On Saturday, one man had even agreed to chauffeur a family as far as Baguio, said volunteer Leah Lagmay. Another volunteer had then stepped forward to give him a gas voucher for P5,000.

“Until now, it’s giving me goosebumps. It has restored my faith in humanity!” Lagmay said.

Lagmay said “Oplan Hatid” needed volunteer-drivers most during weekdays, and on evenings. As the arrival schedules of the evacuees tend to change, drivers may need to be flexible and to be ready to dedicate hours for the task.

Bonoan said that as of Saturday, 200 evacuees, without relatives in Metro Manila, had been forwarded to shelters run by the agency or non-government organizations.

She confirmed plans by the Pasay city government to put up a nearby tent city for the evacuees. Pasay city administrator Dennis Acorda said the tent city is currently being set up at the Villamor Airbase Elementary School. Earlier, he said the local government hopes the site could accommodate a maximum of 400 evacuees.

“We are now preparing long-term for those without relatives here. We assess their capabilities for employment. But many people have come forward, also offering job opportunities.

We’re happy about that,” Bonoan said.

FROM MANILA STANDARD

‘We need nat’l govt to get things done’ By Ronald Reyes | Nov. 19, 2013 at 12:15am 6

TACLOBAN CITY—“I’m not fighting the national government. I need them,” Tacloban City Mayor Alfred Romualdez (photo) said Monday.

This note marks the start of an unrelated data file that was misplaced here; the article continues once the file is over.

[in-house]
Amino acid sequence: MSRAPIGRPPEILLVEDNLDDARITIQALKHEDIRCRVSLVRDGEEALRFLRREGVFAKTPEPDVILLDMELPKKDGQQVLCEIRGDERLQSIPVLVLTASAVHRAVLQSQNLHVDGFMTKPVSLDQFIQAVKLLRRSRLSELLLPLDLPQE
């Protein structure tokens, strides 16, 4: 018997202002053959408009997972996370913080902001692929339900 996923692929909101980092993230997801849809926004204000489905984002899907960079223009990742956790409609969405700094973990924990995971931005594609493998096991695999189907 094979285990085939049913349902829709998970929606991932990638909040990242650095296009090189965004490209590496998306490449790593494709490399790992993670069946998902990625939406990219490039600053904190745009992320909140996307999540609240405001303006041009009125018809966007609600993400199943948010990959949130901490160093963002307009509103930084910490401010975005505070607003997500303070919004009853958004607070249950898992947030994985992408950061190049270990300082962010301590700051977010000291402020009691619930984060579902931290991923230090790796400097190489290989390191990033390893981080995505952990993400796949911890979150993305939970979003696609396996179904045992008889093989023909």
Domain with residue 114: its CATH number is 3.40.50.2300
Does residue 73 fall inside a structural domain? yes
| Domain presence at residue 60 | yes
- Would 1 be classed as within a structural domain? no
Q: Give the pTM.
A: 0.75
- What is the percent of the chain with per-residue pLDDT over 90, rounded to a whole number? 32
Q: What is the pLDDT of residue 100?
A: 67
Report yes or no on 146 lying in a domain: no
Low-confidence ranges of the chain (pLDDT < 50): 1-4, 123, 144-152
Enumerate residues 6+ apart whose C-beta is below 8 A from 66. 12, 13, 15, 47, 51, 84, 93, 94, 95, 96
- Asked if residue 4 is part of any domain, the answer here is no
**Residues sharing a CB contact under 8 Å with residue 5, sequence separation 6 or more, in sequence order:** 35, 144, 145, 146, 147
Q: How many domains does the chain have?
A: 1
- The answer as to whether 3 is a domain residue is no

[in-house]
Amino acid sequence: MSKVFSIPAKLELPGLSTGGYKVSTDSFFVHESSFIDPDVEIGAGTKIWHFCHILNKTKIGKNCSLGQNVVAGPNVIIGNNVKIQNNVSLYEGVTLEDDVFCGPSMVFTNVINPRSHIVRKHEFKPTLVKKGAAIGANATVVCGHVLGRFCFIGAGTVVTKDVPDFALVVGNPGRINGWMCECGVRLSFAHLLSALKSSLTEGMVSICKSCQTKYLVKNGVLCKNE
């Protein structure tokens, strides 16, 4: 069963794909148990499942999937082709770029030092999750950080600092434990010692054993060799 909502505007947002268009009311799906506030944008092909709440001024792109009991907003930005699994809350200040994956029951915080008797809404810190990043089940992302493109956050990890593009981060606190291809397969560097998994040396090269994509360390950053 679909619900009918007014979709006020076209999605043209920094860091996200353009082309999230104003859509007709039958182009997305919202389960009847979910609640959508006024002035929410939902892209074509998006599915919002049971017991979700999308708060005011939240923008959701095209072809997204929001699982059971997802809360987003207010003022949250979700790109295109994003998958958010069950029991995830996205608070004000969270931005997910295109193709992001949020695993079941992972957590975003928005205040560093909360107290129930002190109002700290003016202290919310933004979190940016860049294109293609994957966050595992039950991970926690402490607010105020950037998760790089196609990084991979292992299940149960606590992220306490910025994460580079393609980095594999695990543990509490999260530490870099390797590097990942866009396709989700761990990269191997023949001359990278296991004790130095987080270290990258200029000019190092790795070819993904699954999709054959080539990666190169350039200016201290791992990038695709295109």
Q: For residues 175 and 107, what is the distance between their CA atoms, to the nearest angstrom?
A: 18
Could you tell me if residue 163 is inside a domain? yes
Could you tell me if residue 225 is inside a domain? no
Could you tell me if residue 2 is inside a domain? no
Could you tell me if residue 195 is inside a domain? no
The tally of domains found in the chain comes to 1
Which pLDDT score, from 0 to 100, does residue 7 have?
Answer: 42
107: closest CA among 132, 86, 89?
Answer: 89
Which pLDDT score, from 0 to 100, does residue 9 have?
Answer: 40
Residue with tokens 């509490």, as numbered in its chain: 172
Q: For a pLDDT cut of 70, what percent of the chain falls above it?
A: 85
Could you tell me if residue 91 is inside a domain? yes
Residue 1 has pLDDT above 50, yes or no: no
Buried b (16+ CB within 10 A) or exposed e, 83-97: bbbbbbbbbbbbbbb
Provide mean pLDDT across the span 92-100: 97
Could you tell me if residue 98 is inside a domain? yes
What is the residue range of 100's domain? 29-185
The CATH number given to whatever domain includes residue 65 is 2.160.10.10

Mayor Romualdez He made the statement amid the reports claiming Interior Secretary Manuel Roxas II had asked him to resign following the devastation caused by super typhoon “Yolanda” on Nov. 8, with the national government blaming him and other city officials for not being prepared for the howler.

“That’s not true,” Romualdez said.

“He was asking for some letters but I told him to go easy on the red tape. I’ll make it clear: the city government is functioning. We are also a victim: my employees, my city officials.”

Romualdez said that, instead of people pointing fingers at each other, unity and more work were needed in Tacloban and in the other areas devastated by Yolanda

“Let’s get things done,” he said.

He said his employees, especially those who had not been reporting for work because they lost their loved ones, needed understanding and sympathy.

“Our workers need to mourn also for their dead loved ones. I don’t want my workers to be working yet totally worried looking after the welfare of their own families.”

He said he was happy to report that the clearing operation in the city was getting faster.

“I arranged it so we could distribute relief goods at night,” Romualdez said.

“We found out that during the day we could not locate our evacuees as they were busy looking for food and help and checking on the whereabouts of their loved ones. Yet at night they were all together.”

Romualdez said he told President Benigno Aquino III about their problems, and Aquino was sympathetic.

He said he would propose that the national government start training people whose only job would be to rescue people with complete equipment each time a disaster hit an area.

He said there were temporary grave sites in the city but only three forensic pathologists were working in the area, although he was not complaining.

He said he had no time for political intrigues.

“My only appeal is that let’s get back to work,” Romualdez said.

“I don’t have time for intrigues. I don’t want people asking me about our relations with the national government. I am not fighting them. We just have to focus on our work. Let’s stop blaming each other.”


Chief News Editor: Sol Jose Vanzi